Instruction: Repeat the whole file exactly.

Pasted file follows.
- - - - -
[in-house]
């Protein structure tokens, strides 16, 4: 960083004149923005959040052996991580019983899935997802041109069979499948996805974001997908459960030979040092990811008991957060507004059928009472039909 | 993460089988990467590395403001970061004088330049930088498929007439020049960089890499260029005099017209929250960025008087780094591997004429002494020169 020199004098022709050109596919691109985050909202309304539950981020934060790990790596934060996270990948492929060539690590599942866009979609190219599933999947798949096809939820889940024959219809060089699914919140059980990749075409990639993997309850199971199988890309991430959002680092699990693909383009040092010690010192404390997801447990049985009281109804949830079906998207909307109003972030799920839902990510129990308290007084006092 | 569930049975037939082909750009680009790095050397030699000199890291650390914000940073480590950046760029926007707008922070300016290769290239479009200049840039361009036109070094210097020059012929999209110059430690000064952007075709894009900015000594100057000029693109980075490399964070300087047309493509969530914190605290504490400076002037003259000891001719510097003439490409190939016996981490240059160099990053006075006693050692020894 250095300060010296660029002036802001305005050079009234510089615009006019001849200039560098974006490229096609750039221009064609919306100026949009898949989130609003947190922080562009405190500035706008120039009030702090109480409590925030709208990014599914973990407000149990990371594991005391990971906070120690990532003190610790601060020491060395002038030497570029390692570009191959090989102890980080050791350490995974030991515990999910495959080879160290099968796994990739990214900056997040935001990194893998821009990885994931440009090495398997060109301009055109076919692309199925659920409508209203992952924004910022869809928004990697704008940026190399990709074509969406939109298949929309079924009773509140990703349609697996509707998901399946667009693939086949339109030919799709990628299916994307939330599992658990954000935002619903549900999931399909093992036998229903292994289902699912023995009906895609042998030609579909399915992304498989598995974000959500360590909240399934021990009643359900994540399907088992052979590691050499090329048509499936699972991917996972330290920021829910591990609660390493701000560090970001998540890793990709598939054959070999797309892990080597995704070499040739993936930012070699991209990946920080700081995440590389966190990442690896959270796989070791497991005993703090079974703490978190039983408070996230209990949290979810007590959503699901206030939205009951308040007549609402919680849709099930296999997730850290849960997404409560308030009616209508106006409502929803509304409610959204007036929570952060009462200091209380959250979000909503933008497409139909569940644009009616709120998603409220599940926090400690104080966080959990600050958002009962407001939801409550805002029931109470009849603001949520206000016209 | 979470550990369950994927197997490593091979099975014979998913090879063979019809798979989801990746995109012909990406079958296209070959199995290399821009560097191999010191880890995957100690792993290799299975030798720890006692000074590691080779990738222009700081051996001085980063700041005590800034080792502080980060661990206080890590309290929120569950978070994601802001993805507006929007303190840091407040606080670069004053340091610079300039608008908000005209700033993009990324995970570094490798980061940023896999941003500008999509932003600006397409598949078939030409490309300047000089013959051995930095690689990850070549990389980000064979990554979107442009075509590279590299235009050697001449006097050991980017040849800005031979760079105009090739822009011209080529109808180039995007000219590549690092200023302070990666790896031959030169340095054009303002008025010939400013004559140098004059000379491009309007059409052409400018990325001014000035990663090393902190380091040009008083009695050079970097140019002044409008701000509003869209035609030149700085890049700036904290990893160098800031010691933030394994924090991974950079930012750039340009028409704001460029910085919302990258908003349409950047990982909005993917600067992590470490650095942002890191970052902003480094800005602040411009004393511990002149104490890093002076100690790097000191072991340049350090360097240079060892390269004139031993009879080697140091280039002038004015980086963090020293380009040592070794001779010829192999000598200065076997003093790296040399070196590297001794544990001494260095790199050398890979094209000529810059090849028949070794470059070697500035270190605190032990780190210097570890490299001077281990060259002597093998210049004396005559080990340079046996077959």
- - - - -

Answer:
[in-house]
């Protein structure tokens, strides 16, 4: 960083004149923005959040052996991580019983899935997802041109069979499948996805974001997908459960030979040092990811008991957060507004059928009472039909 | 993460089988990467590395403001970061004088330049930088498929007439020049960089890499260029005099017209929250960025008087780094591997004429002494020169 020199004098022709050109596919691109985050909202309304539950981020934060790990790596934060996270990948492929060539690590599942866009979609190219599933999947798949096809939820889940024959219809060089699914919140059980990749075409990639993997309850199971199988890309991430959002680092699990693909383009040092010690010192404390997801447990049985009281109804949830079906998207909307109003972030799920839902990510129990308290007084006092 | 569930049975037939082909750009680009790095050397030699000199890291650390914000940073480590950046760029926007707008922070300016290769290239479009200049840039361009036109070094210097020059012929999209110059430690000064952007075709894009900015000594100057000029693109980075490399964070300087047309493509969530914190605290504490400076002037003259000891001719510097003439490409190939016996981490240059160099990053006075006693050692020894 250095300060010296660029002036802001305005050079009234510089615009006019001849200039560098974006490229096609750039221009064609919306100026949009898949989130609003947190922080562009405190500035706008120039009030702090109480409590925030709208990014599914973990407000149990990371594991005391990971906070120690990532003190610790601060020491060395002038030497570029390692570009191959090989102890980080050791350490995974030991515990999910495959080879160290099968796994990739990214900056997040935001990194893998821009990885994931440009090495398997060109301009055109076919692309199925659920409508209203992952924004910022869809928004990697704008940026190399990709074509969406939109298949929309079924009773509140990703349609697996509707998901399946667009693939086949339109030919799709990628299916994307939330599992658990954000935002619903549900999931399909093992036998229903292994289902699912023995009906895609042998030609579909399915992304498989598995974000959500360590909240399934021990009643359900994540399907088992052979590691050499090329048509499936699972991917996972330290920021829910591990609660390493701000560090970001998540890793990709598939054959070999797309892990080597995704070499040739993936930012070699991209990946920080700081995440590389966190990442690896959270796989070791497991005993703090079974703490978190039983408070996230209990949290979810007590959503699901206030939205009951308040007549609402919680849709099930296999997730850290849960997404409560308030009616209508106006409502929803509304409610959204007036929570952060009462200091209380959250979000909503933008497409139909569940644009009616709120998603409220599940926090400690104080966080959990600050958002009962407001939801409550805002029931109470009849603001949520206000016209 | 979470550990369950994927197997490593091979099975014979998913090879063979019809798979989801990746995109012909990406079958296209070959199995290399821009560097191999010191880890995957100690792993290799299975030798720890006692000074590691080779990738222009700081051996001085980063700041005590800034080792502080980060661990206080890590309290929120569950978070994601802001993805507006929007303190840091407040606080670069004053340091610079300039608008908000005209700033993009990324995970570094490798980061940023896999941003500008999509932003600006397409598949078939030409490309300047000089013959051995930095690689990850070549990389980000064979990554979107442009075509590279590299235009050697001449006097050991980017040849800005031979760079105009090739822009011209080529109808180039995007000219590549690092200023302070990666790896031959030169340095054009303002008025010939400013004559140098004059000379491009309007059409052409400018990325001014000035990663090393902190380091040009008083009695050079970097140019002044409008701000509003869209035609030149700085890049700036904290990893160098800031010691933030394994924090991974950079930012750039340009028409704001460029910085919302990258908003349409950047990982909005993917600067992590470490650095942002890191970052902003480094800005602040411009004393511990002149104490890093002076100690790097000191072991340049350090360097240079060892390269004139031993009879080697140091280039002038004015980086963090020293380009040592070794001779010829192999000598200065076997003093790296040399070196590297001794544990001494260095790199050398890979094209000529810059090849028949070794470059070697500035270190605190032990780190210097570890490299001077281990060259002597093998210049004396005559080990340079046996077959």